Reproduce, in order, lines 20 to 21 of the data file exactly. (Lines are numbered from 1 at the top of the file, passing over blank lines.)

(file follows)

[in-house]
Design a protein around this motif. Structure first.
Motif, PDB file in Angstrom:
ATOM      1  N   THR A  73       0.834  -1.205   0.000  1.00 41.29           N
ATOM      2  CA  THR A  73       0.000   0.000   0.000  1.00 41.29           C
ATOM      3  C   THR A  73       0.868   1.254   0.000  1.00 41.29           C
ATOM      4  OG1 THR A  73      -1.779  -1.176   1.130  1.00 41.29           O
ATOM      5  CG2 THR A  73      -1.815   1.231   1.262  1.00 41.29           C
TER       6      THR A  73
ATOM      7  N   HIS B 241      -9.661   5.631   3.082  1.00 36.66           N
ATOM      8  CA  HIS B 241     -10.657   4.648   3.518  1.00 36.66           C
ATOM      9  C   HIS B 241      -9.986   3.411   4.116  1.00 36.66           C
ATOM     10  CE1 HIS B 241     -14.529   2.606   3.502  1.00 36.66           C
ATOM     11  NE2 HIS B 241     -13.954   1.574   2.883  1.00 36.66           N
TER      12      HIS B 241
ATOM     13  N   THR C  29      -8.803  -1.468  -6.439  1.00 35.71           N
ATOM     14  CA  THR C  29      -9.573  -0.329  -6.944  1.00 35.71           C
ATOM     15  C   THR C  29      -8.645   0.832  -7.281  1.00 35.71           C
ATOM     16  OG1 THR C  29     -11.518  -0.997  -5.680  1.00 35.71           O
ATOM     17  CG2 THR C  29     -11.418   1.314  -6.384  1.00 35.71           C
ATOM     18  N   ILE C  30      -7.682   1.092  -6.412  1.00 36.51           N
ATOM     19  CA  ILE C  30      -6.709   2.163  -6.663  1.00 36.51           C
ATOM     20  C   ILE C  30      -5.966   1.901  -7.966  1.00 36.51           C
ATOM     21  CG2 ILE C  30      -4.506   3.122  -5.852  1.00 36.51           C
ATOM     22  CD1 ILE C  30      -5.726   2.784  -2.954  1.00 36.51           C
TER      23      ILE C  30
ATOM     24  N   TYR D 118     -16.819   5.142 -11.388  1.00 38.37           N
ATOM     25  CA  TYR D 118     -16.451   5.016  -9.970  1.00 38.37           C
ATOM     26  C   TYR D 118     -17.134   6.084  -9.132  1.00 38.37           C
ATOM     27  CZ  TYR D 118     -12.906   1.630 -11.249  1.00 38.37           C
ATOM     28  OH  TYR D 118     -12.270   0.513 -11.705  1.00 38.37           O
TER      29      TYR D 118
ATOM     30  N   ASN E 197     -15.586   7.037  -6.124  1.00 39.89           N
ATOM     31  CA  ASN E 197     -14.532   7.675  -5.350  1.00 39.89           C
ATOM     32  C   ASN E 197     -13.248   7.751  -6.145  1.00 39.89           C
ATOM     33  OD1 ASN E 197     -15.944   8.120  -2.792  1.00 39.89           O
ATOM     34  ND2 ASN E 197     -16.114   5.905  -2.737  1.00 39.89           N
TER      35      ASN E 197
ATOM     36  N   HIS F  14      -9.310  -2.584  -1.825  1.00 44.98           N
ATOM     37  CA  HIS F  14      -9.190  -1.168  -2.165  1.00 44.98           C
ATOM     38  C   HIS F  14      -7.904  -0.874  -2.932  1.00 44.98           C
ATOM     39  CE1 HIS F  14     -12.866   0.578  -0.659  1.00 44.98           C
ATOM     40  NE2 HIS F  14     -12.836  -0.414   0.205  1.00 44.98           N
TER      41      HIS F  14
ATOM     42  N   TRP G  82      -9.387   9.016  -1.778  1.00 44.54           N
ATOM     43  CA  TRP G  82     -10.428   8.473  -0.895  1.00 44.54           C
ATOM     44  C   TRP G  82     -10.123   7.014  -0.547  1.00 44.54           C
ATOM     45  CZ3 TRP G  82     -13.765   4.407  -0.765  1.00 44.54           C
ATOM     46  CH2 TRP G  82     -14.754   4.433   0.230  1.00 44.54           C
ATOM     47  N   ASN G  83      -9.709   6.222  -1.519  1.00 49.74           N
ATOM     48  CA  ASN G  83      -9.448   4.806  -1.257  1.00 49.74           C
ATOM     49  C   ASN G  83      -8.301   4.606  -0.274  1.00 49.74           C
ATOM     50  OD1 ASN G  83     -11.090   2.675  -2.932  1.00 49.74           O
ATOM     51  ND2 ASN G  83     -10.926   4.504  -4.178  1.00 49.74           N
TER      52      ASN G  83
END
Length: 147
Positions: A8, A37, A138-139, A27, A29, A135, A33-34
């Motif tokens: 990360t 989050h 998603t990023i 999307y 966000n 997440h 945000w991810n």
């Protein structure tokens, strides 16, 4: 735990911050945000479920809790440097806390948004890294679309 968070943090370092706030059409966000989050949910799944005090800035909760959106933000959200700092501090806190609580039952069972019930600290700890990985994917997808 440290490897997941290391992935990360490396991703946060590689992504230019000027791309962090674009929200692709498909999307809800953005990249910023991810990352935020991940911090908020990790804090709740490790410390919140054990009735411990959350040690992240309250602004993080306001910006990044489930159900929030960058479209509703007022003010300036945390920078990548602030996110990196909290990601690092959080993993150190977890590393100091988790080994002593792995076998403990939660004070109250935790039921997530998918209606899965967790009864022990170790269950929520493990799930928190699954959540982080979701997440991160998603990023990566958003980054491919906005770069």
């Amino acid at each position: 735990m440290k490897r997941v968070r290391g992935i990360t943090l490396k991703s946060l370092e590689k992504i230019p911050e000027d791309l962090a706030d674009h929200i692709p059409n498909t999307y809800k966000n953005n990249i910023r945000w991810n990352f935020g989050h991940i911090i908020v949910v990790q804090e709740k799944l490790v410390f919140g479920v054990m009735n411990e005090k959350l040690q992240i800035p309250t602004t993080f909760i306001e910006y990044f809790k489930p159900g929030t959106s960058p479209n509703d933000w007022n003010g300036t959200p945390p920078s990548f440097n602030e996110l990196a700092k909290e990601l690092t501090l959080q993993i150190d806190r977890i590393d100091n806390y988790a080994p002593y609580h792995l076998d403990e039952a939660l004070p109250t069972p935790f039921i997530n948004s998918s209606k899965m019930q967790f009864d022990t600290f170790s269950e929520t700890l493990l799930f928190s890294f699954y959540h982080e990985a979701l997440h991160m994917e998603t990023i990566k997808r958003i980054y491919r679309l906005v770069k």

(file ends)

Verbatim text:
ATOM     17  CG2 THR C  29     -11.418   1.314  -6.384  1.00 35.71           C
ATOM     18  N   ILE C  30      -7.682   1.092  -6.412  1.00 36.51           N